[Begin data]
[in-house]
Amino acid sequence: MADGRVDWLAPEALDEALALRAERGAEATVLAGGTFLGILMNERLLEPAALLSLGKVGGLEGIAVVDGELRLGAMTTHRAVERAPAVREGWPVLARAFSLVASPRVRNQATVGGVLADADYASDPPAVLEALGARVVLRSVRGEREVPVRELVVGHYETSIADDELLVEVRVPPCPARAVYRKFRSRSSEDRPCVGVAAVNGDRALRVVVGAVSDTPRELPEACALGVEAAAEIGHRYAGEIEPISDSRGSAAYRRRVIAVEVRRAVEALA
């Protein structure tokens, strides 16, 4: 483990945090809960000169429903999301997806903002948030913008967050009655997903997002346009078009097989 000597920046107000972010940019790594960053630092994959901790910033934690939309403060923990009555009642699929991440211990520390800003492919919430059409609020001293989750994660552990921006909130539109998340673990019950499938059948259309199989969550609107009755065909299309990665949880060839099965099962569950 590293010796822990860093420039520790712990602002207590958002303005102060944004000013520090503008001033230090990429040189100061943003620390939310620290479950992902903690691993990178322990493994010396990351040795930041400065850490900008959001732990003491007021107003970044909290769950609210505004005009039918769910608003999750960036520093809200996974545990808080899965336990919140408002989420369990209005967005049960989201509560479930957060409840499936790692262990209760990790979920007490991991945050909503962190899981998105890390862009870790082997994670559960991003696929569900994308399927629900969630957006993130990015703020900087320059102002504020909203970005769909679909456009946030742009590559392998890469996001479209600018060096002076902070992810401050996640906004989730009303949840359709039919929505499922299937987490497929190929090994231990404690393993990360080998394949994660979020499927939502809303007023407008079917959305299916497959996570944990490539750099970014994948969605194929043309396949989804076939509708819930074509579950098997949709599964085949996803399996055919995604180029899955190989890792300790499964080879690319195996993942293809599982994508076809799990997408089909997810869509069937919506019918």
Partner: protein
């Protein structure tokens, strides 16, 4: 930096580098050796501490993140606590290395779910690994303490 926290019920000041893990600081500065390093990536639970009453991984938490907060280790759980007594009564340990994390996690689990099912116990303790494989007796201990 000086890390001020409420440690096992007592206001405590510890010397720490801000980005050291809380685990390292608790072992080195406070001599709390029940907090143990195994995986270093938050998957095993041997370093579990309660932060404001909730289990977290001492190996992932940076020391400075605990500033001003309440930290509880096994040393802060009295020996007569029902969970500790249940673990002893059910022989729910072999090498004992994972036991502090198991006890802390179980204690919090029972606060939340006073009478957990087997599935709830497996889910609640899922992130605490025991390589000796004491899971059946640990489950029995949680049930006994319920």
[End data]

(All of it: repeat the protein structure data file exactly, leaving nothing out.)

[in-house]
Amino acid sequence: MADGRVDWLAPEALDEALALRAERGAEATVLAGGTFLGILMNERLLEPAALLSLGKVGGLEGIAVVDGELRLGAMTTHRAVERAPAVREGWPVLARAFSLVASPRVRNQATVGGVLADADYASDPPAVLEALGARVVLRSVRGEREVPVRELVVGHYETSIADDELLVEVRVPPCPARAVYRKFRSRSSEDRPCVGVAAVNGDRALRVVVGAVSDTPRELPEACALGVEAAAEIGHRYAGEIEPISDSRGSAAYRRRVIAVEVRRAVEALA
């Protein structure tokens, strides 16, 4: 483990945090809960000169429903999301997806903002948030913008967050009655997903997002346009078009097989 000597920046107000972010940019790594960053630092994959901790910033934690939309403060923990009555009642699929991440211990520390800003492919919430059409609020001293989750994660552990921006909130539109998340673990019950499938059948259309199989969550609107009755065909299309990665949880060839099965099962569950 590293010796822990860093420039520790712990602002207590958002303005102060944004000013520090503008001033230090990429040189100061943003620390939310620290479950992902903690691993990178322990493994010396990351040795930041400065850490900008959001732990003491007021107003970044909290769950609210505004005009039918769910608003999750960036520093809200996974545990808080899965336990919140408002989420369990209005967005049960989201509560479930957060409840499936790692262990209760990790979920007490991991945050909503962190899981998105890390862009870790082997994670559960991003696929569900994308399927629900969630957006993130990015703020900087320059102002504020909203970005769909679909456009946030742009590559392998890469996001479209600018060096002076902070992810401050996640906004989730009303949840359709039919929505499922299937987490497929190929090994231990404690393993990360080998394949994660979020499927939502809303007023407008079917959305299916497959996570944990490539750099970014994948969605194929043309396949989804076939509708819930074509579950098997949709599964085949996803399996055919995604180029899955190989890792300790499964080879690319195996993942293809599982994508076809799990997408089909997810869509069937919506019918």
Partner: protein
């Protein structure tokens, strides 16, 4: 930096580098050796501490993140606590290395779910690994303490 926290019920000041893990600081500065390093990536639970009453991984938490907060280790759980007594009564340990994390996690689990099912116990303790494989007796201990 000086890390001020409420440690096992007592206001405590510890010397720490801000980005050291809380685990390292608790072992080195406070001599709390029940907090143990195994995986270093938050998957095993041997370093579990309660932060404001909730289990977290001492190996992932940076020391400075605990500033001003309440930290509880096994040393802060009295020996007569029902969970500790249940673990002893059910022989729910072999090498004992994972036991502090198991006890802390179980204690919090029972606060939340006073009478957990087997599935709830497996889910609640899922992130605490025991390589000796004491899971059946640990489950029995949680049930006994319920």